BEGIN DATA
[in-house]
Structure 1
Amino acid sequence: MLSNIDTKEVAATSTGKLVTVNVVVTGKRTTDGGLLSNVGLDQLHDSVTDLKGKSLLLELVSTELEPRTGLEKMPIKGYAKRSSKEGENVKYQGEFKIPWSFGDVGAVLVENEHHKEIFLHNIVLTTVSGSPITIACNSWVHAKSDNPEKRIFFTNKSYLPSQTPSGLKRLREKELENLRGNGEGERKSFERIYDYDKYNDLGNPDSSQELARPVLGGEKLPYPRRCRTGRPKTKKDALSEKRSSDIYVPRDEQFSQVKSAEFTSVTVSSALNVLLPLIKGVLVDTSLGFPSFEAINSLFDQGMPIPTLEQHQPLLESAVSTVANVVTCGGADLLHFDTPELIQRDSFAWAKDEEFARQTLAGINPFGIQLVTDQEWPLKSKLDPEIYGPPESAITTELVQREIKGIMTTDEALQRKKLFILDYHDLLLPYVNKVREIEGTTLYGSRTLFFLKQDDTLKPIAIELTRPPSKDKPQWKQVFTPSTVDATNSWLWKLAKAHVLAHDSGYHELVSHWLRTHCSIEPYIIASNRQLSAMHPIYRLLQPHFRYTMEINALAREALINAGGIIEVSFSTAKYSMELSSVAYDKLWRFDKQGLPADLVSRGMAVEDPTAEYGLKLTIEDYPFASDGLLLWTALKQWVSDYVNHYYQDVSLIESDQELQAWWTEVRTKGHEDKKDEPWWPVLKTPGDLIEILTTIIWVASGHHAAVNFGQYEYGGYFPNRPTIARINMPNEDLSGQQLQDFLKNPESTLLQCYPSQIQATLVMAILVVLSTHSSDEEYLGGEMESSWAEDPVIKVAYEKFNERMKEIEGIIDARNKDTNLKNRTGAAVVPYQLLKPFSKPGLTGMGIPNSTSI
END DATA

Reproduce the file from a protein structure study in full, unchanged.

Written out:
[in-house]
Structure 1
Amino acid sequence: MLSNIDTKEVAATSTGKLVTVNVVVTGKRTTDGGLLSNVGLDQLHDSVTDLKGKSLLLELVSTELEPRTGLEKMPIKGYAKRSSKEGENVKYQGEFKIPWSFGDVGAVLVENEHHKEIFLHNIVLTTVSGSPITIACNSWVHAKSDNPEKRIFFTNKSYLPSQTPSGLKRLREKELENLRGNGEGERKSFERIYDYDKYNDLGNPDSSQELARPVLGGEKLPYPRRCRTGRPKTKKDALSEKRSSDIYVPRDEQFSQVKSAEFTSVTVSSALNVLLPLIKGVLVDTSLGFPSFEAINSLFDQGMPIPTLEQHQPLLESAVSTVANVVTCGGADLLHFDTPELIQRDSFAWAKDEEFARQTLAGINPFGIQLVTDQEWPLKSKLDPEIYGPPESAITTELVQREIKGIMTTDEALQRKKLFILDYHDLLLPYVNKVREIEGTTLYGSRTLFFLKQDDTLKPIAIELTRPPSKDKPQWKQVFTPSTVDATNSWLWKLAKAHVLAHDSGYHELVSHWLRTHCSIEPYIIASNRQLSAMHPIYRLLQPHFRYTMEINALAREALINAGGIIEVSFSTAKYSMELSSVAYDKLWRFDKQGLPADLVSRGMAVEDPTAEYGLKLTIEDYPFASDGLLLWTALKQWVSDYVNHYYQDVSLIESDQELQAWWTEVRTKGHEDKKDEPWWPVLKTPGDLIEILTTIIWVASGHHAAVNFGQYEYGGYFPNRPTIARINMPNEDLSGQQLQDFLKNPESTLLQCYPSQIQATLVMAILVVLSTHSSDEEYLGGEMESSWAEDPVIKVAYEKFNERMKEIEGIIDARNKDTNLKNRTGAAVVPYQLLKPFSKPGLTGMGIPNSTSI